“If you’re dead – and that’s a big if – wouldn’t you want to know how it happens? Ya, but if you know maybe you can prevent it.”
What did you see?
That has been the pre-eminent question for the characters in Flash Forward through the first three episodes. It wouldn’t be much of a show if everyone saw themselves sitting in their respective cubicles filing TPS reports, so of course each character is pulling his or her hair out over what they saw. Last week, in episode three, we saw the flash forward of a new character trying to deal his way out of a German prison. But unlike the rest of the main characters, what he saw after he woke up from the blackout may be more important than what he saw during the 2:17 in question.
In his case, seeing his near-future brought obvious pleasure as he was out of prison. But as we learned with the other characters, the future isn’t always so bright. Which has be wondering: If you could have a flash forward, would you?
Would you see?
Would you be willing to take a glimpse of your future knowing you could see your comfortable world turned upside down? You’re pregnant but don’t know how. You’re with a child you thought killed in war. You’re with another man.
You don’t see anything.
I would. How could you not? A glimpse of your future?!? If not for the sake of curiousity, then for a chance at answering the age-old question: Can you change the future?
Here we come to the essence of Lost and what will certainly play a central role in the plot as Flash Forward unfolds. The Lost characters believe you can, a point Jack brought them to with varying degrees of difficulty. Rather, they believe you can at least try, or should try if the future you would prevent is worth preventing.
Agent John Benford apparently also believes you should try to prevent the future if you know it will be less than desirable; we’ve seen him burn his daughter’s friendship bracelet. But then we also see him trying to recreate the bulletin board he sees in his flash forward, so maybe he is conflicted between wanting to prevent a future in which he will have gone back to drinking and lost his wife to another man, no this sucks.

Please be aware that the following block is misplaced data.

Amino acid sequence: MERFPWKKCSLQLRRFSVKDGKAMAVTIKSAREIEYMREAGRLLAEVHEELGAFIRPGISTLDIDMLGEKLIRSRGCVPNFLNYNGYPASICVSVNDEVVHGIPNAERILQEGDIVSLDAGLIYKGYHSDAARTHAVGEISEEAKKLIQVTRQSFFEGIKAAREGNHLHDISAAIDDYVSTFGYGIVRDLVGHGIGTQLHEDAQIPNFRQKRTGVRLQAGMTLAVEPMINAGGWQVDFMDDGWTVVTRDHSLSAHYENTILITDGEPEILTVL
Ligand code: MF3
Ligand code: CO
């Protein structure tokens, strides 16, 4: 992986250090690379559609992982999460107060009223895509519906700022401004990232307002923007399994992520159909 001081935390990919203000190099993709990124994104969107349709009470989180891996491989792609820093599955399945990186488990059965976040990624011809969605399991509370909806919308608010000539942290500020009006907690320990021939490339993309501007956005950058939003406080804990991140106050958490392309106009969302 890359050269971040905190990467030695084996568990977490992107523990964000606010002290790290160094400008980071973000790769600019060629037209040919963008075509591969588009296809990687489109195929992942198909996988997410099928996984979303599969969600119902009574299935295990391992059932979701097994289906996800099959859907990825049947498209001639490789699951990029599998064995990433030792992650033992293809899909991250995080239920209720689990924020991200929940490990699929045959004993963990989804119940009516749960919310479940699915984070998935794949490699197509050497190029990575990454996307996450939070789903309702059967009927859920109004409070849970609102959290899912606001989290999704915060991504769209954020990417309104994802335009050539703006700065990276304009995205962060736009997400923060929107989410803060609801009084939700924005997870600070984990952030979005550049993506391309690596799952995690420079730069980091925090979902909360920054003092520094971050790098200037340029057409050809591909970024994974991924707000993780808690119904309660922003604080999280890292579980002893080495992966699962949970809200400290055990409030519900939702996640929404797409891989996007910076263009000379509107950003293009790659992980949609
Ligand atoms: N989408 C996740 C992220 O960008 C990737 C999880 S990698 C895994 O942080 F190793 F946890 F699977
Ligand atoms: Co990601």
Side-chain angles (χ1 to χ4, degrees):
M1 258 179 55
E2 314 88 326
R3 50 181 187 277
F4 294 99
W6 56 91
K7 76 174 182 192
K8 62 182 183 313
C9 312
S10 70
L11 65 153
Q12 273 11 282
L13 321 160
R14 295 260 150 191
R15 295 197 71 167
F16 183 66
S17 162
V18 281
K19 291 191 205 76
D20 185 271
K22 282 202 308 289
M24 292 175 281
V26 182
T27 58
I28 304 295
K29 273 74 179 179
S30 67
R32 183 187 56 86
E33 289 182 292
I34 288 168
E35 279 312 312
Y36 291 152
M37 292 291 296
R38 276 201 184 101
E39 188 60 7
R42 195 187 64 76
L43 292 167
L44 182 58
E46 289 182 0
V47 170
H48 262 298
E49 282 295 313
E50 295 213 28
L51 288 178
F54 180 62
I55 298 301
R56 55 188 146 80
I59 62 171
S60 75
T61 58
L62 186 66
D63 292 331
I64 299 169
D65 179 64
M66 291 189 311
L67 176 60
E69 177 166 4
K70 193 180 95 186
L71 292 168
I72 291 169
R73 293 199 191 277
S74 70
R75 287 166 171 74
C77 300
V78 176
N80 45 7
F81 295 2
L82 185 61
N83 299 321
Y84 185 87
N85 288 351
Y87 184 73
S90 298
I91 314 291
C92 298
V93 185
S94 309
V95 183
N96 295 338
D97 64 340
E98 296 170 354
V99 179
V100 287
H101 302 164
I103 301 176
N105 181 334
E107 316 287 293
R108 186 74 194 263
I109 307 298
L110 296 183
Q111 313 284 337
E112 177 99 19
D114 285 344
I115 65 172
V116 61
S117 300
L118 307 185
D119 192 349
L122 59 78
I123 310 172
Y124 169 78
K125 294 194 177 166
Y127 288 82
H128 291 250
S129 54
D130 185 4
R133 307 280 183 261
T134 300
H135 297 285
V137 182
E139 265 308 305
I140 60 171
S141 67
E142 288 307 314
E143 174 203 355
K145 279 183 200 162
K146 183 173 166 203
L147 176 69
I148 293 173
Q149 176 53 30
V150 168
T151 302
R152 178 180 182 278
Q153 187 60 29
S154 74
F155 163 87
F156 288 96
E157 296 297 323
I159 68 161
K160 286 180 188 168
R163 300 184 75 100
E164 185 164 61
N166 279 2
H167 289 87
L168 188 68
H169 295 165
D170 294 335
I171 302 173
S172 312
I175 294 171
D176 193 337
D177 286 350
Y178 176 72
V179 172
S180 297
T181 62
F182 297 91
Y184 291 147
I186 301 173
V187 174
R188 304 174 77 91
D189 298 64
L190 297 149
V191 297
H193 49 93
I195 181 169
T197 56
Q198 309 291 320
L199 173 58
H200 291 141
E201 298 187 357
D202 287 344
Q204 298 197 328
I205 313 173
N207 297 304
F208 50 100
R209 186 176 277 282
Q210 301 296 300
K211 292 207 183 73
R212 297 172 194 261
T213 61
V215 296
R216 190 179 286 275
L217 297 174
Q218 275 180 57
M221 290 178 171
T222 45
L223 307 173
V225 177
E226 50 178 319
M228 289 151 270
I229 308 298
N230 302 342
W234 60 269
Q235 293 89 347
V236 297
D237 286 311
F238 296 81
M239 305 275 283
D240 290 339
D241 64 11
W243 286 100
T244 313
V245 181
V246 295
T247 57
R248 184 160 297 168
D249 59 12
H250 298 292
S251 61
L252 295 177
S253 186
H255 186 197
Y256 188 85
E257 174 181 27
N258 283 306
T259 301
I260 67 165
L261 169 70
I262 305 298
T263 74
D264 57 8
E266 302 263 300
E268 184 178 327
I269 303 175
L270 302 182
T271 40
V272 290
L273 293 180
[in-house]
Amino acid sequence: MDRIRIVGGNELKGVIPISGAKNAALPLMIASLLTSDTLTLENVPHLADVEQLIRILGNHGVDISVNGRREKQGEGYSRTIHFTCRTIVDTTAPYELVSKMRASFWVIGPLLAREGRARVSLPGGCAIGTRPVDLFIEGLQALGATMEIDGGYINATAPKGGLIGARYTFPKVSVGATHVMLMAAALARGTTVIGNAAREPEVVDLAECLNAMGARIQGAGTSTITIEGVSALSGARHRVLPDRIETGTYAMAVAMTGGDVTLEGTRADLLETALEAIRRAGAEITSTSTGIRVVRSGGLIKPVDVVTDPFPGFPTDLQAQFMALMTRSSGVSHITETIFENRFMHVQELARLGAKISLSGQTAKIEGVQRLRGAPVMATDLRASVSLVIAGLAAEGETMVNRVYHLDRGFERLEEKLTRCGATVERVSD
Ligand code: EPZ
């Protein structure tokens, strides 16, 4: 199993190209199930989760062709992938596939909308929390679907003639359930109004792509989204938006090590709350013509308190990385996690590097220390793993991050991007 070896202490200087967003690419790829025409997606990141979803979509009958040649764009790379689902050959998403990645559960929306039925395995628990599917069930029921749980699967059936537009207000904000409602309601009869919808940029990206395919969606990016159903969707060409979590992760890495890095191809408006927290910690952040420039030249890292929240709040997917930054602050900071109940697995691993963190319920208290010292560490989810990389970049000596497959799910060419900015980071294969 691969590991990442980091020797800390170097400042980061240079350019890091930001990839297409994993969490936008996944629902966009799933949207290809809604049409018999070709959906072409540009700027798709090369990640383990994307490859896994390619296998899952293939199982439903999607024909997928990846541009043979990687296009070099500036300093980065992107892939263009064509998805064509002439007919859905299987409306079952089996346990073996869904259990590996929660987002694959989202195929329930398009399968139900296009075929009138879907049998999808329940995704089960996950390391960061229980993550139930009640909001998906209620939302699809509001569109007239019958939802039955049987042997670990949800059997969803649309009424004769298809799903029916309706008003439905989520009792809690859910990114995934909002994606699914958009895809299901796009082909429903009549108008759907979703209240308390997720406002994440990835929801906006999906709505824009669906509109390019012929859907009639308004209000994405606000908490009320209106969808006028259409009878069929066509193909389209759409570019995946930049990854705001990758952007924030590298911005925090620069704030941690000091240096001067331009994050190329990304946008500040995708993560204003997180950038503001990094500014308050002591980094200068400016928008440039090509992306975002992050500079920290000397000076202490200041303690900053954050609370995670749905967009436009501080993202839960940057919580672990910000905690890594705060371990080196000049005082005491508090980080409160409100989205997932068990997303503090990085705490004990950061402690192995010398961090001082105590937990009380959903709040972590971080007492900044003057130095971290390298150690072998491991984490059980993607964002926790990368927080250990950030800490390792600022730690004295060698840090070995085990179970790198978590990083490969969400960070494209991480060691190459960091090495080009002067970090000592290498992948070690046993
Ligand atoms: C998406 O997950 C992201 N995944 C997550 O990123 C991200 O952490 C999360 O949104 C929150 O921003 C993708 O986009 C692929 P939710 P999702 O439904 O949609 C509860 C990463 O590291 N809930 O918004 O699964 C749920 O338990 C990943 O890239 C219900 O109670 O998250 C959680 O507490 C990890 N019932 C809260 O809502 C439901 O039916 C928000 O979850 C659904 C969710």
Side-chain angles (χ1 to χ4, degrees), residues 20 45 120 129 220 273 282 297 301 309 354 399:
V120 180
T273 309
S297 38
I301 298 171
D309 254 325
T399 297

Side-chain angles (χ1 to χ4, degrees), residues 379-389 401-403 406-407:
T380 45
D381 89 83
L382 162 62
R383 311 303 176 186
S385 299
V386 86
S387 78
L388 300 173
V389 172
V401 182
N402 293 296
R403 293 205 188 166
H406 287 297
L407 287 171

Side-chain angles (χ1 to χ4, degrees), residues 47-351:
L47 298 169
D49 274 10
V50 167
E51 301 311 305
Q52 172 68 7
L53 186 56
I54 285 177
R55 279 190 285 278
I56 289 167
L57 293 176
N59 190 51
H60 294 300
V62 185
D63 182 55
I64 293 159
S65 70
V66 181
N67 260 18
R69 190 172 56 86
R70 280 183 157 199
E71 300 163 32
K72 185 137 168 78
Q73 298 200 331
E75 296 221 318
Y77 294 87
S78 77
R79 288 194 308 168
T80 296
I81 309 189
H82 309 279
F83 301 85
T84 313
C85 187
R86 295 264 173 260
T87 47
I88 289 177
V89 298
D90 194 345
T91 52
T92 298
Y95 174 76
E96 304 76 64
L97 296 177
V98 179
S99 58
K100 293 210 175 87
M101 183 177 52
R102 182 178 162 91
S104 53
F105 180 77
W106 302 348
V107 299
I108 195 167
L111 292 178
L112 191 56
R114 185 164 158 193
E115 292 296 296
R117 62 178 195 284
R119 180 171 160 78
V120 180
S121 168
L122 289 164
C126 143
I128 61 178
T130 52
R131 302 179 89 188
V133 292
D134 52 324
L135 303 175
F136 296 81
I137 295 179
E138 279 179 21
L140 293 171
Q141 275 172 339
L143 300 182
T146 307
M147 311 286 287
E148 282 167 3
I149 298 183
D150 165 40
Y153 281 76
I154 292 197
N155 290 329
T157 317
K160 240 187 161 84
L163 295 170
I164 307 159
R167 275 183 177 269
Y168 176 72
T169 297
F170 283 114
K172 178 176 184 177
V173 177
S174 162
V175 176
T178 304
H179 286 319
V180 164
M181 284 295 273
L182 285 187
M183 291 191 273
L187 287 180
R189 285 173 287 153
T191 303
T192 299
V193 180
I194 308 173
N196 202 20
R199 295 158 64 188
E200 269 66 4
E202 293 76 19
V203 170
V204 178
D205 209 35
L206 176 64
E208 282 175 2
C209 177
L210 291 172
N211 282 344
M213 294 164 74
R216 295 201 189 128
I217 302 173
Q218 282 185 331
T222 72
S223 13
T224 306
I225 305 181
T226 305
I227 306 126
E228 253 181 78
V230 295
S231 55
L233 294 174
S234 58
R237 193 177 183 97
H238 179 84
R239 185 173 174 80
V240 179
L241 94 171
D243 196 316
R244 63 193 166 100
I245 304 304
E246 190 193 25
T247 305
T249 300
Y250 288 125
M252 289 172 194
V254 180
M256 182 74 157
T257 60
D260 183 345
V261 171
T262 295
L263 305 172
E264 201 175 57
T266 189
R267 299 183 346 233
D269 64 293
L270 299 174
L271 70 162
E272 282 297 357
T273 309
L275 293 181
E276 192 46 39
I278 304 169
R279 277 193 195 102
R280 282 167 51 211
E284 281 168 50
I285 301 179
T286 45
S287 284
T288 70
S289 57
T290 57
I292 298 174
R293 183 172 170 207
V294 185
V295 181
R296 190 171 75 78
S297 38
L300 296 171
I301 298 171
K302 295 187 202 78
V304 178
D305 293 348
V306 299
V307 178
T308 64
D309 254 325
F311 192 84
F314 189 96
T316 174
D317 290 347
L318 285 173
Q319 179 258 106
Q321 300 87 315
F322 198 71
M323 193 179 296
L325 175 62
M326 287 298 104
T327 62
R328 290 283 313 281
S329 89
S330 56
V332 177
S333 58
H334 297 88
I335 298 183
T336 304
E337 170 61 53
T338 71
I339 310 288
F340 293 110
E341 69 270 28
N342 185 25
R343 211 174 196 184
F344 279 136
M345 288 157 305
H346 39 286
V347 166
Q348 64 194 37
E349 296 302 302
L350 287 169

The Lost-Flash Forward similarities continue to mount
“It’s called a leap of faith, Jack.”
The epic confrontation between Jack Shepard and John Locke outside the orchid station in the Lost season four finale put it all on the line in the never-ending debate between the faithful and the faithless. There hasn’t been a defining moment of that magnitude yet with Flash Forward, but a discussion of faith does arise with the show’s central characters as they face the prospect of a future they have already seen and don’t much care to see again.
Time and Destiny
Time travel of one sort or another emerged as a central plot device during Lost’s fifth season and fans responded with a massive collective nose bleed. It doesn’t seem at this point like we’ll see the Flashies jumping back and forth throughout the calendar, but destiny is approaching center stage, and with it comes the endless debate over whether or not you can change the future.
The Losties – primarily Jack – believe you can change the future and enough believe you should at least try that they were willing to give Jack a shot at it. In Flash Forward, the jury is still out. Agent Benford took a tentative step toward affecting the future by burning his daughter’s friendship bracelet, but neither show seems to buy into the butterfly effect so the effect of this on changing the entire course of his flash forward is doubtful. We are definitely seeing destiny begin to unfold as the characters start to come into contact with the people they will see in their flash forwards.